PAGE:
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US Census offering Floridians jobs that pay as much as $19.50 per hour

Workers needed to help collect and tabulate data for the 2020 Census

ORLANDO, Fla. – The United States Census is looking to hire thousands of people in Central Florida to help collect data for the upcoming 2020 census and it could be just the job you’re looking for.

Greg Engle is a local spokesperson for The U.S. Census Bureau and said the agency is offering anywhere from $13 an hour to $19.50 an hour for one of their part-time jobs to collect crucial data that is collected only once every 10 years and that could help Central Florida gain billions of dollars in federal funds

“This is the largest civilian mobilization in America,” Engle said. “We get a chunk of $675 billion that we can take advantage of from the United States government.”

Engle said they are pushing hard to recruit anyone looking for a way to get results for their community by becoming part of the 2020 census count team.

Engle encourages anyone over the age of 18 and willing to take a background check to apply.

“We need half a million people and more across the country,” Engle said. “And what we need people to do is go to www.2020census.gov/jobs, they can get all the info they need there, because it’s not just knocking on doors.”

Engle said there are also support jobs and clerical jobs that need to be filled as well as jobs you can do from home from your computer.

Engle said these upcoming census jobs can be filled by anyone who has a full-time job looking to make some extra money on the side or even retirees looking for something meaningful to do.

“It’s flexible,” Engle said. “It’s paid training, flexible hours, its great for students, retirees, my veterans and I want all my veterans counted, I want them working here.”

Engle said they will start hiring for these census positions starting in January as they lead up to April 1, 2020, which is Census Count Day across the country.

"The importance of the census is to make sure everyone is counted once only once, and in the right place," Engle said.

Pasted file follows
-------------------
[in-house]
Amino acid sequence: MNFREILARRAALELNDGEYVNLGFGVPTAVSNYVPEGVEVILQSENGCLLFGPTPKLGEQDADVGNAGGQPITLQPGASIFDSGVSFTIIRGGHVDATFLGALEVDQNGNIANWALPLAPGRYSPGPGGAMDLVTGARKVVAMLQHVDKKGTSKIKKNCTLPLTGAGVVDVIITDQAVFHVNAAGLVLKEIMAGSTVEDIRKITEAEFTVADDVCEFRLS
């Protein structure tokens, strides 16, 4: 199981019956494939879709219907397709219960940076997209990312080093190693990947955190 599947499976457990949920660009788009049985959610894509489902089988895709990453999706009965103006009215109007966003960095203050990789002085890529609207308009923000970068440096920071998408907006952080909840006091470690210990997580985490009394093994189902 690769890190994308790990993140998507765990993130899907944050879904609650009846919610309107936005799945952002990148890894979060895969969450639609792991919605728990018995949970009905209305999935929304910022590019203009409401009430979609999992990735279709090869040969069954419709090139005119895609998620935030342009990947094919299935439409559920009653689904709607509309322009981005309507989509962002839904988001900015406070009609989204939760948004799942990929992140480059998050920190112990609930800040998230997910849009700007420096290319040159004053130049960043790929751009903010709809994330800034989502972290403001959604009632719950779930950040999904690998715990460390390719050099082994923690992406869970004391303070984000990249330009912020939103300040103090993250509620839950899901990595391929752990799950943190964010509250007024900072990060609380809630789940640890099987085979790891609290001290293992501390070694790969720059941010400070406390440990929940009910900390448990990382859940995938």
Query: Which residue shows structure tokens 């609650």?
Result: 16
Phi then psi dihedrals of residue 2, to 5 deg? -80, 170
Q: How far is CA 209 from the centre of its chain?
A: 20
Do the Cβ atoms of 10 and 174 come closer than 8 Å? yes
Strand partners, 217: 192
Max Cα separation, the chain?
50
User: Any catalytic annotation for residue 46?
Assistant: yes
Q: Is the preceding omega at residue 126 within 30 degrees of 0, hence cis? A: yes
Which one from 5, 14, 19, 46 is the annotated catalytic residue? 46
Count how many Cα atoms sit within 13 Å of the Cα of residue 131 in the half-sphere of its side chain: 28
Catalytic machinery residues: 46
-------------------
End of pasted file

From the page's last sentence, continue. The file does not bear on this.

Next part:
Engle said that’s because the count affects how much federal money a county is awarded to help with community programs. It also helps drive businesses decisions on where to build roads, businesses and how much to invest in school programs such as Head Start.

Engle confirms that in the 2010 census, billions of dollars were not awarded to Florida because the count was off by more than 20 percent. Engle said the 2010 count showed Florida had 72% of people fill out the census, close to the national average of 74% of people accounting for where they were living at the time.

“So if you’re not counted, then we have less of a chance of getting our fair share of money,” Engle said.

Engle said much of this year’s census will take place online and that modern technology should help improve accuracy numbers for the 2020 census count.

“We get a chunk of $675 billion that we can take advantage of from the United States government,” Engle said.

Lavon Williams is with Orange County Community Action and helped with the census 10 years ago. She said she knows how crucial it is to make sure every person living in her community is counted.

“We know that we have lost significant amounts of money -- up into the billions -- because we did not have an accurate count, particularly in certain census tracks,” Williams confirmed. “In the 2010 census, we would get information a week or two behind. In the 2020 census, we will get real time results.”

Williams said she was frustrated to learn Central Florida lost its chance at more than a billion dollars in federal aid because some areas were undercounted, because some people simply couldn’t read the survey that was sent to them or were afraid to respond due to their immigration status.

"We noticed we have areas where large pockets of Latino communities were undercounted in 2010,” Williams said. “We also know that areas of low income were undercounted. We don't get the responses from those areas. When we don't get an accurate count, it impacts our funding from federal and state government. There are so many federal and state programs that are based on formulas and those formulas have at their root -census data.”

Williams said the census survey for 2020 is a lot shorter than the one sent out in 2010, with only nine questions on it. Williams said that alone could improve the chances of getting a more accurate census count.